Treatment
Most veterinarians treat tracheobronchitis the way physicians treat the common cold. They let it run its course while keeping the patient comfortable. Some veterinarians routinely prescribe antibiotics, which are effective against bacteria, thus addressing part of the infection. But because antibiotics have no effect on viruses, this treatment is not a cure, and most vets save antibiotics for more serious conditions, such as the secondary infections that sometimes develop in dogs with tracheobronchitis.

For partial relief of symptoms and to help the dog feel more comfortable, minor cases are often treated with nonprescription cough remedies such as Robitussin (dextromethorphan). Recommended for chronic, dry, unproductive coughing, Robitussin should not be used for moist or productive coughs. Products that contain acetaminophen or caffeine should not be given to dogs.

Prescription cough suppressants and most antibiotics are reserved for cases in which a fever develops, symptoms last longer than a few days, or the cough becomes more severe.

It might be something else
Tracheobronchitis usually clears up on its own without complications. If it doesn’t, there may be a secondary bacterial infection (such as pneumonia), or the problem may be due to something entirely else entirely. Dogs cough for many reasons.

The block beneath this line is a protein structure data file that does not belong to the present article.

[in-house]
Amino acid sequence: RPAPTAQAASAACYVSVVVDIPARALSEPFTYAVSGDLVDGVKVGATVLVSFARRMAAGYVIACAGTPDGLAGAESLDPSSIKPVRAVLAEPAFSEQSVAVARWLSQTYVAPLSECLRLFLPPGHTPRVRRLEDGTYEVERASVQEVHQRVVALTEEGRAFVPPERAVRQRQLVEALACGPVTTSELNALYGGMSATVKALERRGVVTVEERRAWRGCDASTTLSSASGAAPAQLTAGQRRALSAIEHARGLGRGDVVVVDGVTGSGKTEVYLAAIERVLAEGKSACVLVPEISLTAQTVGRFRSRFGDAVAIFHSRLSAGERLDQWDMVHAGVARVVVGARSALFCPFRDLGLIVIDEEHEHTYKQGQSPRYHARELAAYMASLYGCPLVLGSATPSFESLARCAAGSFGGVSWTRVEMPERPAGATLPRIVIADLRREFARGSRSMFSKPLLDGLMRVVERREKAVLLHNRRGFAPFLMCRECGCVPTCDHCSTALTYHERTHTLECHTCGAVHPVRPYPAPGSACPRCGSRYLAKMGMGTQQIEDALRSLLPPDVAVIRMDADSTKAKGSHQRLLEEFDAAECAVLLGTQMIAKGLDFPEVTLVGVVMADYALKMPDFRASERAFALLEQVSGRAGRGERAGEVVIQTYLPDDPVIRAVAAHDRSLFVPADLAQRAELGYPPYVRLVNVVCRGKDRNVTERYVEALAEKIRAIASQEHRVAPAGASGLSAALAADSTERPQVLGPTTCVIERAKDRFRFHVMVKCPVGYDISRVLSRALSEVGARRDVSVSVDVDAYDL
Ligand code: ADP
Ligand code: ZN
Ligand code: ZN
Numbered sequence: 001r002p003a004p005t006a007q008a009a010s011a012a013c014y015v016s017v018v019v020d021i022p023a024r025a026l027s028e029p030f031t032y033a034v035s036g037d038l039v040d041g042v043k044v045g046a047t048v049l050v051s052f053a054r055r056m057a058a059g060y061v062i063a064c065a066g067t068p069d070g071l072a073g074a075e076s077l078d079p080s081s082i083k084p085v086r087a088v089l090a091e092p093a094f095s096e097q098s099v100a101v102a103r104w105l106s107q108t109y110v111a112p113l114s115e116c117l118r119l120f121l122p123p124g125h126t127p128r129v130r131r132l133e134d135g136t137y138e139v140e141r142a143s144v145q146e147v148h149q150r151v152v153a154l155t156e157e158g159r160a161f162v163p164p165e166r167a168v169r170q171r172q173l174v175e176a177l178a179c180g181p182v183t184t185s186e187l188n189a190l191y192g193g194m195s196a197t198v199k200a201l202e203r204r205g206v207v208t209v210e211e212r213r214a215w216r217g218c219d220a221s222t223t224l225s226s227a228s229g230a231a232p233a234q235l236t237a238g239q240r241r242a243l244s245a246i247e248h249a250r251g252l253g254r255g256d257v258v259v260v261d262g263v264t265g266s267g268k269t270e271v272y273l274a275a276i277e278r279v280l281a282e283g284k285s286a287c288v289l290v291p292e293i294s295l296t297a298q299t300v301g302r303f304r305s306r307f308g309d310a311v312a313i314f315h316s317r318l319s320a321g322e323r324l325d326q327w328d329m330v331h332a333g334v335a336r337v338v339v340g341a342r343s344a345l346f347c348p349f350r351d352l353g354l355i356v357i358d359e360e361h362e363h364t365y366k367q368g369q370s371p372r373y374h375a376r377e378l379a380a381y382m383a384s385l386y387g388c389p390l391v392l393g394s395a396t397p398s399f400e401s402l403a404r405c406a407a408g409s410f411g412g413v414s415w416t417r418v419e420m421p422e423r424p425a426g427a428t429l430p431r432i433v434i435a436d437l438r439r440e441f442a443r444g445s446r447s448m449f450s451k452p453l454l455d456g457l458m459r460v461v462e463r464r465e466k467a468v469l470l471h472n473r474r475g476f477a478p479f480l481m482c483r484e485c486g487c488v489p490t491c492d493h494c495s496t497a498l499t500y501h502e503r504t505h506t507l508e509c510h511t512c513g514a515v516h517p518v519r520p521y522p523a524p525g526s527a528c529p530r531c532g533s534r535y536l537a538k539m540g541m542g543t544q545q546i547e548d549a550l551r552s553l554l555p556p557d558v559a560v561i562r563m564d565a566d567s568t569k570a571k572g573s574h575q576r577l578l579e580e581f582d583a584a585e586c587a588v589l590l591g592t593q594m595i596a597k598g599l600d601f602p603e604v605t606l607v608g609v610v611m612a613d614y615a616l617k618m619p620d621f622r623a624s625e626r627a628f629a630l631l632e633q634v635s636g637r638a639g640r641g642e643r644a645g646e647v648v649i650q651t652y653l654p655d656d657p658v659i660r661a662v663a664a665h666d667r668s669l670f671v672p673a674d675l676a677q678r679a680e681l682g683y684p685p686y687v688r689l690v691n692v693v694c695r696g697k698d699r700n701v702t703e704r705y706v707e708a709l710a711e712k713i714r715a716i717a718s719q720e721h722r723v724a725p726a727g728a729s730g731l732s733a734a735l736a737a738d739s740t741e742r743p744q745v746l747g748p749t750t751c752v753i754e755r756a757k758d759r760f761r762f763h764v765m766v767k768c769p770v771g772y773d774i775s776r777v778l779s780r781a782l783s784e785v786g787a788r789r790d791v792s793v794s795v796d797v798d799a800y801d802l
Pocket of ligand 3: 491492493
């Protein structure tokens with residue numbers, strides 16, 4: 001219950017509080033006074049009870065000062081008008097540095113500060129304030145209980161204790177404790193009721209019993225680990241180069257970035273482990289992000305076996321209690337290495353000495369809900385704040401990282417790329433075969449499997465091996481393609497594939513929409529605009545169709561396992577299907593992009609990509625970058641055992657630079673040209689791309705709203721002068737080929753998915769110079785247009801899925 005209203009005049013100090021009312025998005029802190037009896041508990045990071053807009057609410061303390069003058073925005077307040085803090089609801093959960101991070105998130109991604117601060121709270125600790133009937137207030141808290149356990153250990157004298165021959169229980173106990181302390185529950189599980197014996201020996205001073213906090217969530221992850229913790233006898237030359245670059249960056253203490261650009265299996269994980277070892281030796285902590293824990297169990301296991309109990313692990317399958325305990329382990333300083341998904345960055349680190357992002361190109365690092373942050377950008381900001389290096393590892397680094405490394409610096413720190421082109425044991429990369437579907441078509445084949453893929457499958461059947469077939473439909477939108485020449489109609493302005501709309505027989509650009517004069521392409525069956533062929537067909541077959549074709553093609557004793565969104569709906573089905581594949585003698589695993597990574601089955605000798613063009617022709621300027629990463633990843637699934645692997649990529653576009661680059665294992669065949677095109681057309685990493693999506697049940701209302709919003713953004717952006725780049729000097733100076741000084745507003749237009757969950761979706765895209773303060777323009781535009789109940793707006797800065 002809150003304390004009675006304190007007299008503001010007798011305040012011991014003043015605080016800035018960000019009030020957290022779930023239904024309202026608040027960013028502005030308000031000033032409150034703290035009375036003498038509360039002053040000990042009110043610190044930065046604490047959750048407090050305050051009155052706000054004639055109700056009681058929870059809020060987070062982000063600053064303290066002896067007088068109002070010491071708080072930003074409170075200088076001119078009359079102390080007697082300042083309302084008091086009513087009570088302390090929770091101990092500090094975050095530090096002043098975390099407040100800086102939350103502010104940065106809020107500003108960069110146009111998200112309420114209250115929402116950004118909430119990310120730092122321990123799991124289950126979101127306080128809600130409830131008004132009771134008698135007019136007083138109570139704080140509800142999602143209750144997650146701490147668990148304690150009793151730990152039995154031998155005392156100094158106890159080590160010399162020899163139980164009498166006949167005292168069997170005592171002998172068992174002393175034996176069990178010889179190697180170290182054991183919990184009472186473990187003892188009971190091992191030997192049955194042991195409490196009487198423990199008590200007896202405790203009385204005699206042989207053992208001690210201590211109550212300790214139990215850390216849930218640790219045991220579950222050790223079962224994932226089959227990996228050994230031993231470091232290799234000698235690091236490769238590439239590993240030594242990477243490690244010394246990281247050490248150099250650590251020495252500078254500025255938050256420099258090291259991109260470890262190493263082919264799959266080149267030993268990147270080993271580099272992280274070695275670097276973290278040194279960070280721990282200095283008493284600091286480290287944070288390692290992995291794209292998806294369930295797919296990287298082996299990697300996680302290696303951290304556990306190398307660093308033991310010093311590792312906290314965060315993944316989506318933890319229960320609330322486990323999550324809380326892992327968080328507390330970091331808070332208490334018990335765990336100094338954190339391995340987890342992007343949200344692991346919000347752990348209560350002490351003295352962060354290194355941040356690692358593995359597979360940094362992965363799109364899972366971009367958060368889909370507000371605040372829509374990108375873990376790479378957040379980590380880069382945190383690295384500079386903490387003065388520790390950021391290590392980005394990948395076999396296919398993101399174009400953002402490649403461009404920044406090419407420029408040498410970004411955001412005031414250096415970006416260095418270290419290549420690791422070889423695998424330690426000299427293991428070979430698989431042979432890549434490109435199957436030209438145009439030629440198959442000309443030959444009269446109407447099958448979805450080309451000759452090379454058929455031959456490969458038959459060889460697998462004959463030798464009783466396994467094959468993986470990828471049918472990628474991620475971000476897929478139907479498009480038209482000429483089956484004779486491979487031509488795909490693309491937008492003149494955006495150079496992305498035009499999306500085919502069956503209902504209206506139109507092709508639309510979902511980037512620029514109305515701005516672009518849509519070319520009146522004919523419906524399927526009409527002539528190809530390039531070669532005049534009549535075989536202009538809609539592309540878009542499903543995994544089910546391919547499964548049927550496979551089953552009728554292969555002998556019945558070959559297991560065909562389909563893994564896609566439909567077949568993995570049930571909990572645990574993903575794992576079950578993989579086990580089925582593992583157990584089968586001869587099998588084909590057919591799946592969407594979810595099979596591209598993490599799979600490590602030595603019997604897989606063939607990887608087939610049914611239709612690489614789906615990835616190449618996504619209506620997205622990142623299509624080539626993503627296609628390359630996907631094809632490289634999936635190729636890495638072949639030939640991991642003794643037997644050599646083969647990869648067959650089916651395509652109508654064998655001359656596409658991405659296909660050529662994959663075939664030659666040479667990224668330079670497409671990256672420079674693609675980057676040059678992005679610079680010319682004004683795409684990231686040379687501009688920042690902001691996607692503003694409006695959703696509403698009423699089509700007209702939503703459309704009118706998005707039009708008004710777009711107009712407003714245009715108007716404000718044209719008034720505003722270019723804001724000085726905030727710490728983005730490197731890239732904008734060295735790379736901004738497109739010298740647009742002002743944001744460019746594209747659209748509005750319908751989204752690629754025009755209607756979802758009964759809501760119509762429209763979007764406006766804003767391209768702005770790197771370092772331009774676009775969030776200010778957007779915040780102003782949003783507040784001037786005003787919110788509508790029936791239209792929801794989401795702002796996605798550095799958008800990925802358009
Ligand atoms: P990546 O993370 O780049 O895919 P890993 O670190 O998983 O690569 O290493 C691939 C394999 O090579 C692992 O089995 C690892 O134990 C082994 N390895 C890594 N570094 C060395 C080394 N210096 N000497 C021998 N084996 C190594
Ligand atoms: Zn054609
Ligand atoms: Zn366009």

For example, dogs can create their own tracheal irritation by pulling on the leash. A body harness with a leash attachment in front of the chest or on the back instead of the collar can prevent this cough-inducing problem.

Dogs with heart disease, including congestive heart failure and heartworm infestations, often cough after exercise or excitement. Heartworm disease is endemic in some parts of the country, and less common in others, but is a possibility in any area where mosquitoes are common. Congestive heart failure, which occurs when the heart’s valves leak, is most common in middle-aged or older dogs, including small breeds.

Coughs due to tracheal collapse can be triggered by drinking water.

Diseases of the larynx or esophagus can cause coughing after eating. A damaged larynx may not close properly, allowing swallowed food to enter the trachea. Paralysis of the larynx is more common in large breed dogs.

An abnormally dilated esophagus may allow food to pool, then pass back up to the mouth and down into the lungs, causing infection and coughing. Tracheal collapse is most common in middle-aged and older, overweight small-breed dogs.

The cough resulting from tracheobronchitis is usually dry. A moist cough sounds that way because of accumulated fluid in the lungs or airways. The fluid can be water, blood, or pus. Hunting dogs and dogs who spend most of their time outdoors may inhale seeds, pollen, grasses, or other foreign matter that travels through the nose to the lung, causing pyothorax, an infection that produces a large amount of pus.